The development of a 10,000-seat show arena will be an addition to the existing 6,000 seats of Arena of Stars and 3,500 pax capacity occupants of Genting International Convention Centre.
Almost equivalent to the number of additional hotel rooms, a new multi-storey car park to accommodate 3,200 parking bays and bus bays will be built.
(Conceptual Plan of 20th Century Fox Theme Park)
Resorts World Genting will open its doors to the much-anticipated 20th Century Fox World outdoor theme park. Occupying the land size of 25 acres, it will be composed of 25 new rides that are currently under site clearance and earthwork.
(Site Picture taken on January 2015, image by Afiq Nadriz)
Building on a single podium encirculating the outdoor theme park, the podium serves as the gateway entrance due to its junction for the cable car arrival, car park below, the Sky Plaza shopping mall and casino at the top portion of the podium with hotels above the podium. Covering approximately 50 levels, making the new development taller than the existing First World Hotel.
(the Sky Avenue overlooking the Outdoor Theme Park)
In addition to the above, a central walkway flanks with retail connecting the First World Hotel to Genting Grand, Maxims, and Resort Hotels. Covering 750,000 sqft and 76 units of retail space, this creates a pleasurable walking journey similar to the Vittorio Emmanuele II Galleria in Milan or Publika Shopping Gallery in Solaris Dutamas with multiple glass domes and glass vaulted arcades. By popular demand as seen in the Starbucks at the Ground Floor of First World Hotel and The Coffee Bean at the Ground Floor of Resort Hotel, the arcade shopping space opens up to the outdoor creating corridor of al fresco dining facing the theme park.
(Ring roads and arrows showing the circulation due to multiple adaptive transformations)
The adaptive masterplan is designed differently than the regular city grid of New York and Barcelona where the circulation and new tower placements are decided upon the terrain and existing buildings. Over time the masterplan grows organically in the form of islands. This allows smooth operation of other islands whilst creating opportunity for individual island to undergo roadblock for construction work.
Thus the masterplan is set in the notion of 4 minor ring roads inside a larger ring rood. The minor ring roads are namely the island surrounding Maxims and Resort Hotels, Genting Grand Hotel, Sky Avenue and theme park, and lastly the First World and New Hotels. Each minor ring road has its individual exit to the larger ring road to avoid unnecessary detour into other islands and create further congestion. All minor ring roads share a common entrance main road in the centre, making the main road fundamentally crucial to maintain congestion free.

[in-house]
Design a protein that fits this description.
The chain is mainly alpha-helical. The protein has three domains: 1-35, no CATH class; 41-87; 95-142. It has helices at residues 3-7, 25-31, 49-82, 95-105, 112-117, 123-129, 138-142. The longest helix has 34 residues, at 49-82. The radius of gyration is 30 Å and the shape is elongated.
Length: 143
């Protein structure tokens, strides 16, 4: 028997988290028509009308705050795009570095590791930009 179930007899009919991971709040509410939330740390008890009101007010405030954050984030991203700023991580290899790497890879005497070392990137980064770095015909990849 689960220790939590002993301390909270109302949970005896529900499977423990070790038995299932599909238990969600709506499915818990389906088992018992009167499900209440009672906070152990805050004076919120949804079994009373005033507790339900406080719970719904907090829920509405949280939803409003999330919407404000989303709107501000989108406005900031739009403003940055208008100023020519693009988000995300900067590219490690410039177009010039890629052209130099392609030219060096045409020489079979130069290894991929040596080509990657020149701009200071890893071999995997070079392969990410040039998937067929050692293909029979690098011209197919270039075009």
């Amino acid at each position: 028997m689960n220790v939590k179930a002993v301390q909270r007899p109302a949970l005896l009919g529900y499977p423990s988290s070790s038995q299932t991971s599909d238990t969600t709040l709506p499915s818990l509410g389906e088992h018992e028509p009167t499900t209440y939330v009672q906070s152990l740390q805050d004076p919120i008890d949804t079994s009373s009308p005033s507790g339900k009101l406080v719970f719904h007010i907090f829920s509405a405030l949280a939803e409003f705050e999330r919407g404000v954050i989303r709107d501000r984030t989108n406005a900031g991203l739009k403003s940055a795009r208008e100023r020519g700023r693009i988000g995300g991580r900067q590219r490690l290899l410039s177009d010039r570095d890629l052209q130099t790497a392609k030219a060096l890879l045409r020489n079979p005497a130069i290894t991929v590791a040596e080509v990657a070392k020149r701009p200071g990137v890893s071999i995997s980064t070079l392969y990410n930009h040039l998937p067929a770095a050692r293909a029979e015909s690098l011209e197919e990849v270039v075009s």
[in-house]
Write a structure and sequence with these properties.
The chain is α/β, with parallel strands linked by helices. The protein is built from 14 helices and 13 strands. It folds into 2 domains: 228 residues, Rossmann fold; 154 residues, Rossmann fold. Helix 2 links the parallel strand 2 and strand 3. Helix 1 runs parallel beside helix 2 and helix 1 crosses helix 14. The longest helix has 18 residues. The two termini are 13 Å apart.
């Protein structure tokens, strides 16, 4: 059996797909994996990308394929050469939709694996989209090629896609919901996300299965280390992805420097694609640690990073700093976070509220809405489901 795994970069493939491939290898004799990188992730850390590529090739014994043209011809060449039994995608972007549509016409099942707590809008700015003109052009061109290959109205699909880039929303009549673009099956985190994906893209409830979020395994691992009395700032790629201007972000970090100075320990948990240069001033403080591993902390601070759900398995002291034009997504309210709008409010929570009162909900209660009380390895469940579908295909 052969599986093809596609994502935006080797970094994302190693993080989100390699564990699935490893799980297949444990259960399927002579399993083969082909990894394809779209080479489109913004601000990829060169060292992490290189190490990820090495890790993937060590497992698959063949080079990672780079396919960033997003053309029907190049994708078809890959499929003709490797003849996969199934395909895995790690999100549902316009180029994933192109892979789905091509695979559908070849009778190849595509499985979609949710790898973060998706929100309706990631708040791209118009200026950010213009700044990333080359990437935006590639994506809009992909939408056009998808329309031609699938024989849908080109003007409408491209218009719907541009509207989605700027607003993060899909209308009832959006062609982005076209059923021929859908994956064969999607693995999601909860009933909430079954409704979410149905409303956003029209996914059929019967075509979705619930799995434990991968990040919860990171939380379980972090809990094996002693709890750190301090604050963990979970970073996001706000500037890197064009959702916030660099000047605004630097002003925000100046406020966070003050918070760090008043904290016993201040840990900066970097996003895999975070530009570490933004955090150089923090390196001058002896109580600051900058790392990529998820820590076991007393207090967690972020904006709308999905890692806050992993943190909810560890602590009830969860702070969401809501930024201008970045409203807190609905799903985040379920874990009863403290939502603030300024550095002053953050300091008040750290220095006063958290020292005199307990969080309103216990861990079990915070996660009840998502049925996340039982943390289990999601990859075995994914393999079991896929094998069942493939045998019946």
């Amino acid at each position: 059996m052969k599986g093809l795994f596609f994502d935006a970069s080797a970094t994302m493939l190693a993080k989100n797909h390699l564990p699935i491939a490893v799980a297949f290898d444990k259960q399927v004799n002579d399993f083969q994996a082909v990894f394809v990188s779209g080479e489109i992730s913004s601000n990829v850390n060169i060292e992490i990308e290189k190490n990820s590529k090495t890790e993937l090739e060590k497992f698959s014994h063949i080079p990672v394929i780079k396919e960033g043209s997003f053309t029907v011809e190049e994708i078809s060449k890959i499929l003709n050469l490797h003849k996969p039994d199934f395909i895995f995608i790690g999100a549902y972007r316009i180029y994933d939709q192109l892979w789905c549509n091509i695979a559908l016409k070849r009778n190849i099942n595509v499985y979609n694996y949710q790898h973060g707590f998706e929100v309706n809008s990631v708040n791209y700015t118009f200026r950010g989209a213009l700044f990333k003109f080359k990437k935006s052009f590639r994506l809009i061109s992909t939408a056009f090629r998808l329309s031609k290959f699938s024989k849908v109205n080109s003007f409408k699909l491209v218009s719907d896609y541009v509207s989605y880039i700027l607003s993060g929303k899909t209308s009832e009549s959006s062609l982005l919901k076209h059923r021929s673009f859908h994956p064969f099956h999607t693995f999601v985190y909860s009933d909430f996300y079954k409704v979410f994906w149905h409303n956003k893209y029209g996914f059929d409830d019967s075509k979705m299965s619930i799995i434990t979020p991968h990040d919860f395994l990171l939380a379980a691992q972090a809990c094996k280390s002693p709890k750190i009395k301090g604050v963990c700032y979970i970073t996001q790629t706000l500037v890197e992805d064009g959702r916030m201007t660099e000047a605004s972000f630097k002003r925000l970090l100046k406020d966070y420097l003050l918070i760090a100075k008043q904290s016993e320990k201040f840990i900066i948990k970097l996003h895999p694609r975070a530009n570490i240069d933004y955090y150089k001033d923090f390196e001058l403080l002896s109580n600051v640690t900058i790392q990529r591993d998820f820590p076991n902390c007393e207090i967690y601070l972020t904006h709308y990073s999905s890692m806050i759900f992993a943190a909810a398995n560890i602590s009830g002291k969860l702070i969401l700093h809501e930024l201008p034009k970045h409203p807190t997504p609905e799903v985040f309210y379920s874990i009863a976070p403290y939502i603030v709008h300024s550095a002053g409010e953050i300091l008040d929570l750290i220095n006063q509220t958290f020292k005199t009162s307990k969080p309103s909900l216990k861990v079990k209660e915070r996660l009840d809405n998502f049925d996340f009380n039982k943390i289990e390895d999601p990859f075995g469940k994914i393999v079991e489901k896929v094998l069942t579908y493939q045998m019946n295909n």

Set in the backdrop of organic transformation, the Genting Highlands slowly carve in via its ring road circulation to create bubble of islands for its future projects. These bubble of islands grow within the larger ring road that was set forth during initial planning in the 1990s. To create a new island outside of this larger ring road posses new challenges to the existing framework. Thus consideration was taken for further plans to develop GPO at mid-hill Awana.
GITP – SECOND PHASE
Currently in planning stage, the second phase of development constitute the GPO located at mid-hill Awana. Whilst offering a wide range of leading designer brand fashion, sportswear, fine leather, luggage, housewares, home furnishings and fashion accessories, the GPO is presented to emulate the success of Johor Premium Outlet.
(Contour map showing the potential expansion site due to the relative gradual slope terrain condition)
Whilst the GITP may be perceived as a major facelift to Genting Highlands, the terrain suggests further opportunities for development at the Northwest and the entire East directions, all within the Pahang governing state. Though this may be development outside of the larger ring road, it creates an alternative view towards the surrounding greens than the current theme park view.
Against the backdrop of limited land size, logistic difficulties and challenging terrain, GITP is merely a small step towards the many opportunities lies ahead. Perhaps the challenges that matter the most are in the form of economy, namely the impending competitions from the many theme park developments, the rising cost, and the general dwindling affordability of the nation.
How does the Architectural and Masterplanning Design can resolve these economy challenges in the form of Theme Park Resort?